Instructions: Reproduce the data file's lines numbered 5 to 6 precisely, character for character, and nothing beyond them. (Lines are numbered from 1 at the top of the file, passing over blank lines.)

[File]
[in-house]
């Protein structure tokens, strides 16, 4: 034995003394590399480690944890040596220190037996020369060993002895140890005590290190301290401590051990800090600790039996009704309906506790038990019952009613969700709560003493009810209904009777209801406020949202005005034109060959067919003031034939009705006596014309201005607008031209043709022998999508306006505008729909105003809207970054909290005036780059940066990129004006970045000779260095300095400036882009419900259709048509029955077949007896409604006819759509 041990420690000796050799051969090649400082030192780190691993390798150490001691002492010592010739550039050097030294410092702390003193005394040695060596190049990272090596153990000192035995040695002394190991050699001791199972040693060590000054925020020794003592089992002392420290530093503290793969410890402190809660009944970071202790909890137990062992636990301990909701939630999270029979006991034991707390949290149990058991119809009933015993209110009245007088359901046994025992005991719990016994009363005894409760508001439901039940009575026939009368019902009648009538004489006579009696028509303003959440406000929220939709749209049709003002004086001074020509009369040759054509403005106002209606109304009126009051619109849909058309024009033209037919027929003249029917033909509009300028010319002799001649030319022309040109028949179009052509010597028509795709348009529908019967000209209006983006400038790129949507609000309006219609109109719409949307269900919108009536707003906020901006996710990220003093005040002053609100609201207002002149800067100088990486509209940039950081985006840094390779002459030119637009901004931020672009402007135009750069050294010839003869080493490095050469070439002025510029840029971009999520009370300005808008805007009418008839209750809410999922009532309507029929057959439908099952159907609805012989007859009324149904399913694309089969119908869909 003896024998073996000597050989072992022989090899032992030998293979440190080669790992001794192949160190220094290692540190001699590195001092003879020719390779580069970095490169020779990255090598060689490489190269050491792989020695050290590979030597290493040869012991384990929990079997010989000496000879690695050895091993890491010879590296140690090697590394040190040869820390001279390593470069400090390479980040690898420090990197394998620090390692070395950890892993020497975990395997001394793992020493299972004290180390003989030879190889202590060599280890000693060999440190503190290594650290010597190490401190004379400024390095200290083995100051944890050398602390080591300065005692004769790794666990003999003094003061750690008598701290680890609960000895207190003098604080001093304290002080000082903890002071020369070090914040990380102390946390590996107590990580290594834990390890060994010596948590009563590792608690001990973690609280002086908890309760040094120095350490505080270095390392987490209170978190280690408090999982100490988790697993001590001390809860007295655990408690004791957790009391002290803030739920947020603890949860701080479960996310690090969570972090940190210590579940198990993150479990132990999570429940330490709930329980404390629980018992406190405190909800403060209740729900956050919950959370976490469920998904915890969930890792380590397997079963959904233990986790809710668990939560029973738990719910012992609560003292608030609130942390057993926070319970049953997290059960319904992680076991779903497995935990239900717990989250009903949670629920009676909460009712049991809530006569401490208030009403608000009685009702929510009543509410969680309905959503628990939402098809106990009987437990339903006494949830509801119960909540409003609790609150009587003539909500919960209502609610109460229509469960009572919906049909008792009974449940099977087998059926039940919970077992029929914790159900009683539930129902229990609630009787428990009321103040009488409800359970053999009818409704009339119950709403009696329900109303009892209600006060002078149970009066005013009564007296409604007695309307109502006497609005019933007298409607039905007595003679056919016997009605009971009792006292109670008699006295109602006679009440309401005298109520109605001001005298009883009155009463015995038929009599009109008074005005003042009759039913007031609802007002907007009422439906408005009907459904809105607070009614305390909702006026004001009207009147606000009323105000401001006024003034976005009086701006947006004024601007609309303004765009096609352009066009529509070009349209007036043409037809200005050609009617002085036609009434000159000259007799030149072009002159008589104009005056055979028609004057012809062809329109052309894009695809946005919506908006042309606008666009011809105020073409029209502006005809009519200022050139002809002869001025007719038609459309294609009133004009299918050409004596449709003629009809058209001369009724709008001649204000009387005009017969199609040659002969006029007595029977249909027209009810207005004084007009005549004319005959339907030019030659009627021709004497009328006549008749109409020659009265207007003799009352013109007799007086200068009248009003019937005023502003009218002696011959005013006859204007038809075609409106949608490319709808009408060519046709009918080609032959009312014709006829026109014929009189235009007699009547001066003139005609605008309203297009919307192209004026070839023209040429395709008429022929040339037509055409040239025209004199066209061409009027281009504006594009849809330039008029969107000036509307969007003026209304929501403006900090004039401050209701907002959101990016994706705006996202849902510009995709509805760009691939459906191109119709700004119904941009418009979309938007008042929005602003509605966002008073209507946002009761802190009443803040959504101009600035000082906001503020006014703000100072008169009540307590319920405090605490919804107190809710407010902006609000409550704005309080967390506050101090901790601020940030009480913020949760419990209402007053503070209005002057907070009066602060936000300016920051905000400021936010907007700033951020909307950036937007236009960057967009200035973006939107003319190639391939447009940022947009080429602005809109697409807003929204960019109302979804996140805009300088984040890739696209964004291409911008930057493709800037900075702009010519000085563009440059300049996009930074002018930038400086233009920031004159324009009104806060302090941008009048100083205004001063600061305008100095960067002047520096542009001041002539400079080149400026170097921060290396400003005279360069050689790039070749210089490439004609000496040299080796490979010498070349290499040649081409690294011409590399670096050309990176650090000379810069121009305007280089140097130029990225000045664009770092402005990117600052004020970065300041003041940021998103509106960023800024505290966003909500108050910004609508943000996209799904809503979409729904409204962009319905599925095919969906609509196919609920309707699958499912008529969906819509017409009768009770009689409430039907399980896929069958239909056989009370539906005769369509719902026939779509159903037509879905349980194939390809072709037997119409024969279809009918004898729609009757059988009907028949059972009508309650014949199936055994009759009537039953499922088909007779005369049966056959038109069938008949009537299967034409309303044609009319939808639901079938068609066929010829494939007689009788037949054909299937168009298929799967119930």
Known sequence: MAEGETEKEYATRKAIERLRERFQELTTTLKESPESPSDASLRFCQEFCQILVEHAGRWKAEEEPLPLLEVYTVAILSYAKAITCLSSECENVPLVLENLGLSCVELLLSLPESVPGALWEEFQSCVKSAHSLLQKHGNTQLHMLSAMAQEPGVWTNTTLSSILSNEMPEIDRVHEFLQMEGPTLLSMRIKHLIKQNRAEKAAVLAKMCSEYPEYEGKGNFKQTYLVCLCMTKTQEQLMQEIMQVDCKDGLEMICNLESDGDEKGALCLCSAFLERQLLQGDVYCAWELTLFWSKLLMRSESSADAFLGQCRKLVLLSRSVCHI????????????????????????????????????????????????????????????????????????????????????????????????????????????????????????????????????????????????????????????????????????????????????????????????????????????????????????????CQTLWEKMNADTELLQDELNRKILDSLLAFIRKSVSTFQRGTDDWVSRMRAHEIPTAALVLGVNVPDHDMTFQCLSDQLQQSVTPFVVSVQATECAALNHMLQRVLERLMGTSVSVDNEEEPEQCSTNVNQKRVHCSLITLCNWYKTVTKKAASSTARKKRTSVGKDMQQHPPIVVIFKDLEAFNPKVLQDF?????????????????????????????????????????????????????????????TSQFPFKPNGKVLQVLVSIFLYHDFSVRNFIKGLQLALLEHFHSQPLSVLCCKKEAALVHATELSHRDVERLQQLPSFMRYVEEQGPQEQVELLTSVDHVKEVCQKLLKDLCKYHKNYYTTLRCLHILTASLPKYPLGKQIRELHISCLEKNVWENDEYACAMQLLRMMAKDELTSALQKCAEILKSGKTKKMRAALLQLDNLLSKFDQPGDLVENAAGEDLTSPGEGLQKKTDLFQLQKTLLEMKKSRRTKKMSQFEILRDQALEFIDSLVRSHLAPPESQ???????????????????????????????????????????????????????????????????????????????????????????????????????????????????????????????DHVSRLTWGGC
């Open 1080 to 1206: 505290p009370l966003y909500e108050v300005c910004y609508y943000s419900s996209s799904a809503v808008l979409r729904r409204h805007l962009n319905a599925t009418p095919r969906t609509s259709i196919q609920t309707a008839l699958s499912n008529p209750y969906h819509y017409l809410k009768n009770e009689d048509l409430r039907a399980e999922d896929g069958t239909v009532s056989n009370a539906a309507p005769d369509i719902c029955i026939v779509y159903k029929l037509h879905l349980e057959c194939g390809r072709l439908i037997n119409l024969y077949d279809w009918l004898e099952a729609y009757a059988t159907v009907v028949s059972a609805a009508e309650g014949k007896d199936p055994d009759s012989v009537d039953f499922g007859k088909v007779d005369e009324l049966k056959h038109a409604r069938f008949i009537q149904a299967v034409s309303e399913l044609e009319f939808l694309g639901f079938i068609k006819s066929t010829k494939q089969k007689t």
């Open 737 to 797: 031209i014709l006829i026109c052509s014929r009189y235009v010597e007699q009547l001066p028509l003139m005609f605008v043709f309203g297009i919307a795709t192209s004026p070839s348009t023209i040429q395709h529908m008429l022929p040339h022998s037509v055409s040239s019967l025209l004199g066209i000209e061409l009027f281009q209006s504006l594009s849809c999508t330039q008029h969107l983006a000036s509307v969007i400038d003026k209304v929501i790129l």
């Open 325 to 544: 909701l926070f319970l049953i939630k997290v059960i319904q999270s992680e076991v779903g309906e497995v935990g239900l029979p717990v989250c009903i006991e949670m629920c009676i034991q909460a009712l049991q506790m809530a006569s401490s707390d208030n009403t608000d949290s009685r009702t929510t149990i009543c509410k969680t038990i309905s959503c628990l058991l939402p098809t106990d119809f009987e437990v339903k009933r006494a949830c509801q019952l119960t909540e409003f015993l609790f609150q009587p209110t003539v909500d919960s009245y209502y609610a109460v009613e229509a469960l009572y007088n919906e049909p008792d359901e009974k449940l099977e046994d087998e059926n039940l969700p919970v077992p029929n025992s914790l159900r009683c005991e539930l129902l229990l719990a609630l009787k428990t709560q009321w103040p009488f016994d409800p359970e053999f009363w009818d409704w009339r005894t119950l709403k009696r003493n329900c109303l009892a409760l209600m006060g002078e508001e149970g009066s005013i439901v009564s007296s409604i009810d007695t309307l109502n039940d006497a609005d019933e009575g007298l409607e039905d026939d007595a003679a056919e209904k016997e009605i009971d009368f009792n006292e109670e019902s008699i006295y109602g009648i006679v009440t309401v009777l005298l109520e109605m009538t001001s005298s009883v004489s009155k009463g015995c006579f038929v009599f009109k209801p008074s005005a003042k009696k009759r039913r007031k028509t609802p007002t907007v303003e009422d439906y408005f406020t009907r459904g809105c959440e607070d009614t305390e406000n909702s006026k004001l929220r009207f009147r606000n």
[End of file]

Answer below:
């Open 737 to 797: 031209i014709l006829i026109c052509s014929r009189y235009v010597e007699q009547l001066p028509l003139m005609f605008v043709f309203g297009i919307a795709t192209s004026p070839s348009t023209i040429q395709h529908m008429l022929p040339h022998s037509v055409s040239s019967l025209l004199g066209i000209e061409l009027f281009q209006s504006l594009s849809c999508t330039q008029h969107l983006a000036s509307v969007i400038d003026k209304v929501i790129l």
């Open 325 to 544: 909701l926070f319970l049953i939630k997290v059960i319904q999270s992680e076991v779903g309906e497995v935990g239900l029979p717990v989250c009903i006991e949670m629920c009676i034991q909460a009712l049991q506790m809530a006569s401490s707390d208030n009403t608000d949290s009685r009702t929510t149990i009543c509410k969680t038990i309905s959503c628990l058991l939402p098809t106990d119809f009987e437990v339903k009933r006494a949830c509801q019952l119960t909540e409003f015993l609790f609150q009587p209110t003539v909500d919960s009245y209502y609610a109460v009613e229509a469960l009572y007088n919906e049909p008792d359901e009974k449940l099977e046994d087998e059926n039940l969700p919970v077992p029929n025992s914790l159900r009683c005991e539930l129902l229990l719990a609630l009787k428990t709560q009321w103040p009488f016994d409800p359970e053999f009363w009818d409704w009339r005894t119950l709403k009696r003493n329900c109303l009892a409760l209600m006060g002078e508001e149970g009066s005013i439901v009564s007296s409604i009810d007695t309307l109502n039940d006497a609005d019933e009575g007298l409607e039905d026939d007595a003679a056919e209904k016997e009605i009971d009368f009792n006292e109670e019902s008699i006295y109602g009648i006679v009440t309401v009777l005298l109520e109605m009538t001001s005298s009883v004489s009155k009463g015995c006579f038929v009599f009109k209801p008074s005005a003042k009696k009759r039913r007031k028509t609802p007002t907007v303003e009422d439906y408005f406020t009907r459904g809105c959440e607070d009614t305390e406000n909702s006026k004001l929220r009207f009147r606000n």